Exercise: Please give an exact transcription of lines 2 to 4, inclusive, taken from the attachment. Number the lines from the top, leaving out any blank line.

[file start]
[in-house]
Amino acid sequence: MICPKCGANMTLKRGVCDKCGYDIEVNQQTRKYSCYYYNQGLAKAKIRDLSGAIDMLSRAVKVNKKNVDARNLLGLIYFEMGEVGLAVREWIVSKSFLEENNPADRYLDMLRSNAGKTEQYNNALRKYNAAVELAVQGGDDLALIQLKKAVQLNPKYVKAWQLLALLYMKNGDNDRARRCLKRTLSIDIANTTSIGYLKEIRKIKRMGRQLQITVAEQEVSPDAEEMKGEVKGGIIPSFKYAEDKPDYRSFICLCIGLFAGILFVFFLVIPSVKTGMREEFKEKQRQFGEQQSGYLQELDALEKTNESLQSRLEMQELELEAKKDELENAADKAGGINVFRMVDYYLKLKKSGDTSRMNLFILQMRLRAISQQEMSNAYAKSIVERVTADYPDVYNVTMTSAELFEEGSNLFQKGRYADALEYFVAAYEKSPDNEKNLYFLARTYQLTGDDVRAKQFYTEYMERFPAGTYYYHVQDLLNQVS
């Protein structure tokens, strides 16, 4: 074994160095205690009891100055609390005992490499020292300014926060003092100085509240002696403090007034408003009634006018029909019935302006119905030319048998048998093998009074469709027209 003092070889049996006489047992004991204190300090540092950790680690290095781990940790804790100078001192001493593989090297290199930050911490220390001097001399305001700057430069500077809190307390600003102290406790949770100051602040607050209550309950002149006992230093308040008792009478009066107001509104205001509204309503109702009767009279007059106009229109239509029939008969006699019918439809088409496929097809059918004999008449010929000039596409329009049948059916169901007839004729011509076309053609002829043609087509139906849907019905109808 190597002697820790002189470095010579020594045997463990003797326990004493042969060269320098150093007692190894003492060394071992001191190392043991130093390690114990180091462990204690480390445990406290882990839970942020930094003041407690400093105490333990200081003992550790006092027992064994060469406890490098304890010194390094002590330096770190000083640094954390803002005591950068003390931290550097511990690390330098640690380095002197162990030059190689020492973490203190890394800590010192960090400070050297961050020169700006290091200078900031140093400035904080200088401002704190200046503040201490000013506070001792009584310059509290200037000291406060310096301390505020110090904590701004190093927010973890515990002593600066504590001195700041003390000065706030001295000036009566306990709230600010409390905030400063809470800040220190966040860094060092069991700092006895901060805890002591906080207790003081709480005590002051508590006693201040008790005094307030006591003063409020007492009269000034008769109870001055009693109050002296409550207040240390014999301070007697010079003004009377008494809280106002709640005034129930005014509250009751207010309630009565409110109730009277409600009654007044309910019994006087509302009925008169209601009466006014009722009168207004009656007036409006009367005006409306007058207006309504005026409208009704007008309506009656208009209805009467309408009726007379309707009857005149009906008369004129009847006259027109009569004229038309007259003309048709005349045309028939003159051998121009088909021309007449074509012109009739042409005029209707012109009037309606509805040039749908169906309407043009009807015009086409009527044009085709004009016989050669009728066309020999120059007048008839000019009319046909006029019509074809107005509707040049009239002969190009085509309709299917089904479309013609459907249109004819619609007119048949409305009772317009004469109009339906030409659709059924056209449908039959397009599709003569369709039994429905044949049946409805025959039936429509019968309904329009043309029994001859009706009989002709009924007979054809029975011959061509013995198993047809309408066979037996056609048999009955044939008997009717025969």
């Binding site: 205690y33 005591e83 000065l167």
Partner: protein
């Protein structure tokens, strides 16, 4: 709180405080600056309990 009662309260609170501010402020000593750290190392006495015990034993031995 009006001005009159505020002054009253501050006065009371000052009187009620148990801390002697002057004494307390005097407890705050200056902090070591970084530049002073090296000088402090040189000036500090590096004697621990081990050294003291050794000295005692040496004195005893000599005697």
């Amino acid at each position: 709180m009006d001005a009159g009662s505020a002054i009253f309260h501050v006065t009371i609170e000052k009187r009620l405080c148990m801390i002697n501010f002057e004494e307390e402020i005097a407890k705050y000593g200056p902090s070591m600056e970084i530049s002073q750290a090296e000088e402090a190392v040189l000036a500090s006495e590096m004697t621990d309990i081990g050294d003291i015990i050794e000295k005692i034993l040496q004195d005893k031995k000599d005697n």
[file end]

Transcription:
Amino acid sequence: MICPKCGANMTLKRGVCDKCGYDIEVNQQTRKYSCYYYNQGLAKAKIRDLSGAIDMLSRAVKVNKKNVDARNLLGLIYFEMGEVGLAVREWIVSKSFLEENNPADRYLDMLRSNAGKTEQYNNALRKYNAAVELAVQGGDDLALIQLKKAVQLNPKYVKAWQLLALLYMKNGDNDRARRCLKRTLSIDIANTTSIGYLKEIRKIKRMGRQLQITVAEQEVSPDAEEMKGEVKGGIIPSFKYAEDKPDYRSFICLCIGLFAGILFVFFLVIPSVKTGMREEFKEKQRQFGEQQSGYLQELDALEKTNESLQSRLEMQELELEAKKDELENAADKAGGINVFRMVDYYLKLKKSGDTSRMNLFILQMRLRAISQQEMSNAYAKSIVERVTADYPDVYNVTMTSAELFEEGSNLFQKGRYADALEYFVAAYEKSPDNEKNLYFLARTYQLTGDDVRAKQFYTEYMERFPAGTYYYHVQDLLNQVS
């Protein structure tokens, strides 16, 4: 074994160095205690009891100055609390005992490499020292300014926060003092100085509240002696403090007034408003009634006018029909019935302006119905030319048998048998093998009074469709027209 003092070889049996006489047992004991204190300090540092950790680690290095781990940790804790100078001192001493593989090297290199930050911490220390001097001399305001700057430069500077809190307390600003102290406790949770100051602040607050209550309950002149006992230093308040008792009478009066107001509104205001509204309503109702009767009279007059106009229109239509029939008969006699019918439809088409496929097809059918004999008449010929000039596409329009049948059916169901007839004729011509076309053609002829043609087509139906849907019905109808 190597002697820790002189470095010579020594045997463990003797326990004493042969060269320098150093007692190894003492060394071992001191190392043991130093390690114990180091462990204690480390445990406290882990839970942020930094003041407690400093105490333990200081003992550790006092027992064994060469406890490098304890010194390094002590330096770190000083640094954390803002005591950068003390931290550097511990690390330098640690380095002197162990030059190689020492973490203190890394800590010192960090400070050297961050020169700006290091200078900031140093400035904080200088401002704190200046503040201490000013506070001792009584310059509290200037000291406060310096301390505020110090904590701004190093927010973890515990002593600066504590001195700041003390000065706030001295000036009566306990709230600010409390905030400063809470800040220190966040860094060092069991700092006895901060805890002591906080207790003081709480005590002051508590006693201040008790005094307030006591003063409020007492009269000034008769109870001055009693109050002296409550207040240390014999301070007697010079003004009377008494809280106002709640005034129930005014509250009751207010309630009565409110109730009277409600009654007044309910019994006087509302009925008169209601009466006014009722009168207004009656007036409006009367005006409306007058207006309504005026409208009704007008309506009656208009209805009467309408009726007379309707009857005149009906008369004129009847006259027109009569004229038309007259003309048709005349045309028939003159051998121009088909021309007449074509012109009739042409005029209707012109009037309606509805040039749908169906309407043009009807015009086409009527044009085709004009016989050669009728066309020999120059007048008839000019009319046909006029019509074809107005509707040049009239002969190009085509309709299917089904479309013609459907249109004819619609007119048949409305009772317009004469109009339906030409659709059924056209449908039959397009599709003569369709039994429905044949049946409805025959039936429509019968309904329009043309029994001859009706009989002709009924007979054809029975011959061509013995198993047809309408066979037996056609048999009955044939008997009717025969």
């Binding site: 205690y33 005591e83 000065l167």